Following its exit from the European Union, the United Kingdom (UK) is no longer bound by the EU’s rules governing public subsidies. At the end of April 2022, the UK Parliament passed the Subsidy Control Act 2022, which sets out a new framework for granting and controlling public subsidies. The act is expected to enter into full force in autumn 2022. This alert outlines its main provisions.
Since the United Kingdom (UK) has left the European Union (EU), the UK has control over how any UK public subsidies are granted and controlled. The UK’s desire to shape public subsidies was a subject of discussion during the 2016 Brexit referendum and became a major point of debate in post-Brexit trade negotiations with the EU. While the UK argued that the EU’s “State Aid” rules were unduly burdensome, and wanted to introduce more flexible rules, the EU wished to ensure a “level playing field” to avoid UK companies receiving subsidies that the EU argues may unfairly distort competition. Therefore, as part of the EU-UK Trade and Cooperation Agreement (TCA),1 the UK agreed to introduce rules on the control of public subsidies.2
In June 2021, the UK government introduced a bill to Parliament setting out a new subsidy control regime.3 Parliament has now approved the Subsidy Control Act 2022 (SCA), and the act received Royal Assent on 28 April 2022. The SCA is expected to become fully applicable in autumn 2022.4
The SCA establishes a legal framework that allows UK public authorities to award subsidies. Local authorities, public bodies and the devolved administrations in Scotland, Wales and, in certain cases, Northern Ireland5 will be able to decide if they can award subsidies to businesses pursuing domestic policy objectives. Unlike in the EU State Aid system, which centralizes review within the European Commission, if a UK local authority decides to grant a subsidy, the decision will not have to be approved centrally by national authorities. As explained below, the UK’s Competition and Markets Authority (CMA) must give its view on some proposed subsidies, but that is the exception, and its view is only advisory.
The SCA also aims to bring UK law into compliance with the UK’s international commitments, notably the World Trade Organization (WTO) Agreement on Subsidies and Countervailing Measures (WTO SCM)6 and the TCA.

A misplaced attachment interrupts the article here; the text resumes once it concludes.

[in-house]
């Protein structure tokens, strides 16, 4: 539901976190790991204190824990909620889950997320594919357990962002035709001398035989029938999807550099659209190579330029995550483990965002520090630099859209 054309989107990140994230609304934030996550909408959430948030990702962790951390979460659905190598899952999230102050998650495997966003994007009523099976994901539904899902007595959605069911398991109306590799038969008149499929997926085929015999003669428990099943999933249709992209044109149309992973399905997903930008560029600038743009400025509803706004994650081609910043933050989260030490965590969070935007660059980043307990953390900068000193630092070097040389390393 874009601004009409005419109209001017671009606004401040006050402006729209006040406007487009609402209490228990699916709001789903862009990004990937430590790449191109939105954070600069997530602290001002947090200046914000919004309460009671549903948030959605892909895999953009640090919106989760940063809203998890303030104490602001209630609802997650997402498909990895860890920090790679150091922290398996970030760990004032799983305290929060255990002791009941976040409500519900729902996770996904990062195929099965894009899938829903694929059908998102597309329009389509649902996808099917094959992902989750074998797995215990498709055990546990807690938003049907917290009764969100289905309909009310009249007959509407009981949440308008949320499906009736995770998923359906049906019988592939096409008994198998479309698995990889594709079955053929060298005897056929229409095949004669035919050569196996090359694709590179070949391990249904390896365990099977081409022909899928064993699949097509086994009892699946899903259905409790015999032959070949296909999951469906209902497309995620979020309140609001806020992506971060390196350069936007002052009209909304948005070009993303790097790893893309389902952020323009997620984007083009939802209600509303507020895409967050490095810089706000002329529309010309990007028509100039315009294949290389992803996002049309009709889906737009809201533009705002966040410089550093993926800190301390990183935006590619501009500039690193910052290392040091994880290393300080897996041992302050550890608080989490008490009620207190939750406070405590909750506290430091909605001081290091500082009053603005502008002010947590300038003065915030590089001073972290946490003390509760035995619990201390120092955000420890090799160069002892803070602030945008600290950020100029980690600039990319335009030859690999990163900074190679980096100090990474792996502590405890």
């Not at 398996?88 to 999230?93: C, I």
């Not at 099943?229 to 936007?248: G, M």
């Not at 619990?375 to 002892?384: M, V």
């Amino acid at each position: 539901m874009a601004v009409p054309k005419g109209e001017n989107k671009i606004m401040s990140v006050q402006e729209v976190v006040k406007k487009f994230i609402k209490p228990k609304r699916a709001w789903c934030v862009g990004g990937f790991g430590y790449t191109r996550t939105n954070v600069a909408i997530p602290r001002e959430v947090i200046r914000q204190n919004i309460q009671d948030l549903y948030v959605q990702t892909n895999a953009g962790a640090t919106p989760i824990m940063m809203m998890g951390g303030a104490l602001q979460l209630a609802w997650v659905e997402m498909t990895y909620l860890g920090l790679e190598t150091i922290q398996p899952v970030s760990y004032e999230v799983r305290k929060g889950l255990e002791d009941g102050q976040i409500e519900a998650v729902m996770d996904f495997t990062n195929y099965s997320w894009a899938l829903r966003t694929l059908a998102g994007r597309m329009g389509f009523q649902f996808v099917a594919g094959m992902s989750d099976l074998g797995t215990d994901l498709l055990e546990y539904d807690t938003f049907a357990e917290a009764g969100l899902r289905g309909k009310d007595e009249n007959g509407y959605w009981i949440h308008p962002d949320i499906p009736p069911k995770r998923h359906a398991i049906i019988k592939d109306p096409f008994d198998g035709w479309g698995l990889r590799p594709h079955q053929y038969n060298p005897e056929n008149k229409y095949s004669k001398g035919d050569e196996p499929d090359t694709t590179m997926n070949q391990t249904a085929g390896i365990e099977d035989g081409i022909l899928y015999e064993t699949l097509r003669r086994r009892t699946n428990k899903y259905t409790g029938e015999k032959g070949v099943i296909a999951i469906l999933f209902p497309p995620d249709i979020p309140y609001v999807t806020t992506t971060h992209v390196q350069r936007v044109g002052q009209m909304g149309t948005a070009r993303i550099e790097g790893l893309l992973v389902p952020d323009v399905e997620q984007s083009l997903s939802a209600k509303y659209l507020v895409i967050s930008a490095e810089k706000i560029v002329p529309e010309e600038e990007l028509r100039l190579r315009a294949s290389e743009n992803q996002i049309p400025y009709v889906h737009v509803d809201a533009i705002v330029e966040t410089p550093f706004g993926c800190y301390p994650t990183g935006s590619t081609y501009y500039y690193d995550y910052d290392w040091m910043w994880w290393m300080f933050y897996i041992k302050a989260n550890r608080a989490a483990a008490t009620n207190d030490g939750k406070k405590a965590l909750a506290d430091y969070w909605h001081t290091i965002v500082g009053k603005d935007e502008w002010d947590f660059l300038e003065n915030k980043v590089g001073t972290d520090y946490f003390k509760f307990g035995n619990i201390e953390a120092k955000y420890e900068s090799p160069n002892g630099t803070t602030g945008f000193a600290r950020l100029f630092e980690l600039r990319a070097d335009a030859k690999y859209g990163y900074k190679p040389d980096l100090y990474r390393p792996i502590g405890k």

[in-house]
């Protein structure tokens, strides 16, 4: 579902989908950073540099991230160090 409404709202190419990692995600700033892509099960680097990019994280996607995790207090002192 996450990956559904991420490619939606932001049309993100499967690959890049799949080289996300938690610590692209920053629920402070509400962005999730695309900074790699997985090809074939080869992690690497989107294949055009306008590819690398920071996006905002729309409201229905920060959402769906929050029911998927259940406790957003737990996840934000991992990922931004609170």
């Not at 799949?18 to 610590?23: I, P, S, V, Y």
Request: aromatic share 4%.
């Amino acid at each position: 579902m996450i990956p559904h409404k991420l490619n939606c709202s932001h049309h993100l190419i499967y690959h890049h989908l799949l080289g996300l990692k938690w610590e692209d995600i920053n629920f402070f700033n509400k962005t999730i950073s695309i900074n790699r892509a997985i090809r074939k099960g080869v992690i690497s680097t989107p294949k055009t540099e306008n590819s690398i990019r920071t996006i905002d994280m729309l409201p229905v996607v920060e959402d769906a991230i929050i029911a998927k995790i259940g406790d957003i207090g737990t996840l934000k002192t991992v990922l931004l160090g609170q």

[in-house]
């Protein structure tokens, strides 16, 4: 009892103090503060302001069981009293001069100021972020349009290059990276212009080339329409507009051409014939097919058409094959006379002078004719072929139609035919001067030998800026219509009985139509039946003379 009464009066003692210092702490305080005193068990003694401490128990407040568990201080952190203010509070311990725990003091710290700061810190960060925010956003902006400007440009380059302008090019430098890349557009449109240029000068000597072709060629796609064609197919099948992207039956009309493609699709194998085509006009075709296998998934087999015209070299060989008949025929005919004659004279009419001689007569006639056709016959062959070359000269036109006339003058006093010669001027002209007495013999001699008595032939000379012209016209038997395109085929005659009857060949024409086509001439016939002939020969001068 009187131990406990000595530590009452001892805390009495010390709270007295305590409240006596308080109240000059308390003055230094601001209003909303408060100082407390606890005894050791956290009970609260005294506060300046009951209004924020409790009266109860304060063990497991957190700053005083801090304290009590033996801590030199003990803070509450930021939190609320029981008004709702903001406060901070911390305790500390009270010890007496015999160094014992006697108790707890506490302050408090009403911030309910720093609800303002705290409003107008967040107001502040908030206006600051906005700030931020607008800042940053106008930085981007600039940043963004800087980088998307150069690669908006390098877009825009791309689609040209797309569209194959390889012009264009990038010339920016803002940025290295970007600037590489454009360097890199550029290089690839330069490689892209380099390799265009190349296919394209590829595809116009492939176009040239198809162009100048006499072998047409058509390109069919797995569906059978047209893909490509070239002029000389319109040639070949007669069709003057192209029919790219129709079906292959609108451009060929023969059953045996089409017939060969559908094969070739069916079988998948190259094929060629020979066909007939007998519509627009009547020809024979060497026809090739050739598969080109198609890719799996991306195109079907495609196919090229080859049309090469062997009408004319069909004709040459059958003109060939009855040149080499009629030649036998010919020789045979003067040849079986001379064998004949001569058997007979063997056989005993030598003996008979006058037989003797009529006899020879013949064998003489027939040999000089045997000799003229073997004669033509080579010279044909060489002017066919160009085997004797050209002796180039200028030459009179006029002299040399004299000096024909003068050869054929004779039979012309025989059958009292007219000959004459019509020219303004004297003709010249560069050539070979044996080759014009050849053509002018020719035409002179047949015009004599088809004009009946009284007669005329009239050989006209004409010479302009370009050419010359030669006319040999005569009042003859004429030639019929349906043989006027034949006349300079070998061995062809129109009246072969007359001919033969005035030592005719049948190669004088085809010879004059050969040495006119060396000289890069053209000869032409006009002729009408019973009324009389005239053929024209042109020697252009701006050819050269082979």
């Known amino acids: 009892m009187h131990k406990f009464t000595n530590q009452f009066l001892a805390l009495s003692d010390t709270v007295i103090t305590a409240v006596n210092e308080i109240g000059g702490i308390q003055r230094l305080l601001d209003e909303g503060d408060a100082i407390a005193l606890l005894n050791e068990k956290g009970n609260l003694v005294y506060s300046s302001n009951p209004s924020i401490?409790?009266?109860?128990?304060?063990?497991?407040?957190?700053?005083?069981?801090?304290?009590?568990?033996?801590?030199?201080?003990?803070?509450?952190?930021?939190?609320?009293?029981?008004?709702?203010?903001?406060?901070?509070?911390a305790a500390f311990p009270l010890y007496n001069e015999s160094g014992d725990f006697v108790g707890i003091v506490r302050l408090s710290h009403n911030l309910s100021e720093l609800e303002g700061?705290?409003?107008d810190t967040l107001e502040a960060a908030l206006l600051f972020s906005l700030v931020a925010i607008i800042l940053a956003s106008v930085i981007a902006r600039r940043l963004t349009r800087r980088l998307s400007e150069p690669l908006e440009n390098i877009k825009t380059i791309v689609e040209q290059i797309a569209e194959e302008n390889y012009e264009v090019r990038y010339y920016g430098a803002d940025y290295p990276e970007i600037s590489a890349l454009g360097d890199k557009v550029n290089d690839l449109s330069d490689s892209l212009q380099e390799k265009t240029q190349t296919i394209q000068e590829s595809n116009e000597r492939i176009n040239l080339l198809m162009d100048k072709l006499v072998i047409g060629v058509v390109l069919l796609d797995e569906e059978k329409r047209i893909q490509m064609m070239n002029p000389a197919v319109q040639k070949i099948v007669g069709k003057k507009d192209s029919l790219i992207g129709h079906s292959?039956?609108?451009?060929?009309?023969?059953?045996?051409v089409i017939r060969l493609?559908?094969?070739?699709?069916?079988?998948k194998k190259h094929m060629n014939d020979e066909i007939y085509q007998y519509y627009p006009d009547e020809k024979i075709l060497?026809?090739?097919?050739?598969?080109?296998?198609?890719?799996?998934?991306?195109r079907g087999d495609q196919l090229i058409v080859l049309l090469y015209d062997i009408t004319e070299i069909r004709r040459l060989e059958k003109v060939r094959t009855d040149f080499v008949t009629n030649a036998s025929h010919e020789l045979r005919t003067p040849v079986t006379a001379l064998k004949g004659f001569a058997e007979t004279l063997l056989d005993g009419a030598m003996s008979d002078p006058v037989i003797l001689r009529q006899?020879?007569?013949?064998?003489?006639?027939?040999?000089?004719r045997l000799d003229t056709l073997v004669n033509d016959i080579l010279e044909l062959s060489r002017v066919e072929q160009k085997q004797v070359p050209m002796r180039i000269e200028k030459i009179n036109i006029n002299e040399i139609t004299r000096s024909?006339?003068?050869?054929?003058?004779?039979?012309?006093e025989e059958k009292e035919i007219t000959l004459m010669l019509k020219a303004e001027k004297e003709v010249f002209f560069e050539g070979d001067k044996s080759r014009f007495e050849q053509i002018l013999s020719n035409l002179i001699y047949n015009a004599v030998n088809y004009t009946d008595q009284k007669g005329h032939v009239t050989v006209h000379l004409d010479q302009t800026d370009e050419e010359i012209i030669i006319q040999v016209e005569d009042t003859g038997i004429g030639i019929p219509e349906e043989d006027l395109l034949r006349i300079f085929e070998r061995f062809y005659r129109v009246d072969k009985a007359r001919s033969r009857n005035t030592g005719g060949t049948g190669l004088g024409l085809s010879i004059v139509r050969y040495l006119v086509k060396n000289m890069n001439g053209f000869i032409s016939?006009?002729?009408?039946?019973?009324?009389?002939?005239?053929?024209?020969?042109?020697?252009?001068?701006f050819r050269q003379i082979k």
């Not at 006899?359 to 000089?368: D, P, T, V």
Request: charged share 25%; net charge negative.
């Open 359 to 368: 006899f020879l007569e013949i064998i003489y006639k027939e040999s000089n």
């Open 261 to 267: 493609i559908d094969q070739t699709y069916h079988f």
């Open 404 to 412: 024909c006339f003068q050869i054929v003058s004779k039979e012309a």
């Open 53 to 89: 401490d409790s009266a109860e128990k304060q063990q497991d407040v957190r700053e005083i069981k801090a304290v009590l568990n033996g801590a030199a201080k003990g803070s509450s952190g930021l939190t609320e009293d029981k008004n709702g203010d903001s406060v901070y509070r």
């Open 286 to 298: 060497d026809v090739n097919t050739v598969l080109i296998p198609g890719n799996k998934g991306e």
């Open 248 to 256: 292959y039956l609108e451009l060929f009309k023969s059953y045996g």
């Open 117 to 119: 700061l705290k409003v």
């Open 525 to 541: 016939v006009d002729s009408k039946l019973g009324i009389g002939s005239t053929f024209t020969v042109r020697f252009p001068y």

What Is a Subsidy?
The definition of “subsidy” mirrors that of “State Aid” in EU law. A subsidy is financial assistance (in kind or pecuniary) with four elements:7
- It is given from public resources by a public authority.
- It confers an economic advantage on one or more “enterprises” (i.e., persons or companies engaged in an economic activity) (the “advantage” condition).
- It is specific in that it benefits one or more companies rather than other companies (the “selectivity” condition).
- It affects or is capable of affecting competition or investment within the UK, or trade and investment between the UK and another country.
Under the SCA, public authorities must consider seven principles before deciding whether to grant subsidies:
- Subsidies should pursue a specific policy objective to remedy a market failure or address an “equity rationale” (for example, a social problem).
- Subsidies should be proportionate and limited to what is necessary to achieve their objectives.
- Subsidies should change the beneficiary’s economic behavior, and this change should be conducive to achieving the objective of the subsidies.
- Subsidies should not cover costs that the beneficiary would itself have been able to fund absent the subsidy.
- Subsidies should be the least distortive means for achieving a policy objective.
- Subsidies should be designed to minimize any negative effects on competition or investment within the UK.
- The beneficial effects of subsidies should outweigh their negative effects on competition or investment in the UK and international trade.
There are also separate governing principles that apply to energy and environmental subsidies.
The UK government’s press release announcing the introduction of the Subsidy Control Bill stated that “[t]he system will not be a return to the failed 1970s approach of government trying to run the economy, ‘picking winners’ or bailing out unsustainable companies.”8
Reflecting that approach, the SCA establishes additional conditions regarding grants of rescuing and restructuring aid to ailing or insolvent companies and to air carriers.
The SCA also prohibits unlimited guarantees, subsidies contingent on export performance, and subsidies requiring use of domestic rather than imported goods or services. These provisions are consistent with the UK’s international obligations under, for example, the WTO SCM and the TCA.
At a domestic level, the SCA prohibits the granting of subsidies conditioned on relocation of businesses within the UK. This reflects the general principle that subsidies should be designed to minimize any negative effects on competition or investment within the UK.
Streamlined Scheme and Exemptions
The SCA allows the government to adopt a “Streamlined Subsidy Scheme.” If the granting authority satisfies the (yet to be defined) requirements of the Streamlined Subsidy Scheme, subsidies can be considered to comply with the SCA without being assessed individually. This system is similar to the EU’s block exemption of certain subsidies.
Certain subsidies do not require approval. Notably, subsidies that do not exceed defined amounts over a three-year period are considered “de minimis” (of insignificant effect) and do not require approval. In addition, subsidies need not be approved if they are granted in response to a national or global economic emergency or to compensate for damage caused by natural disasters or other exceptional occurrences. There are also some exemptions for subsidies related to national security or nuclear energy.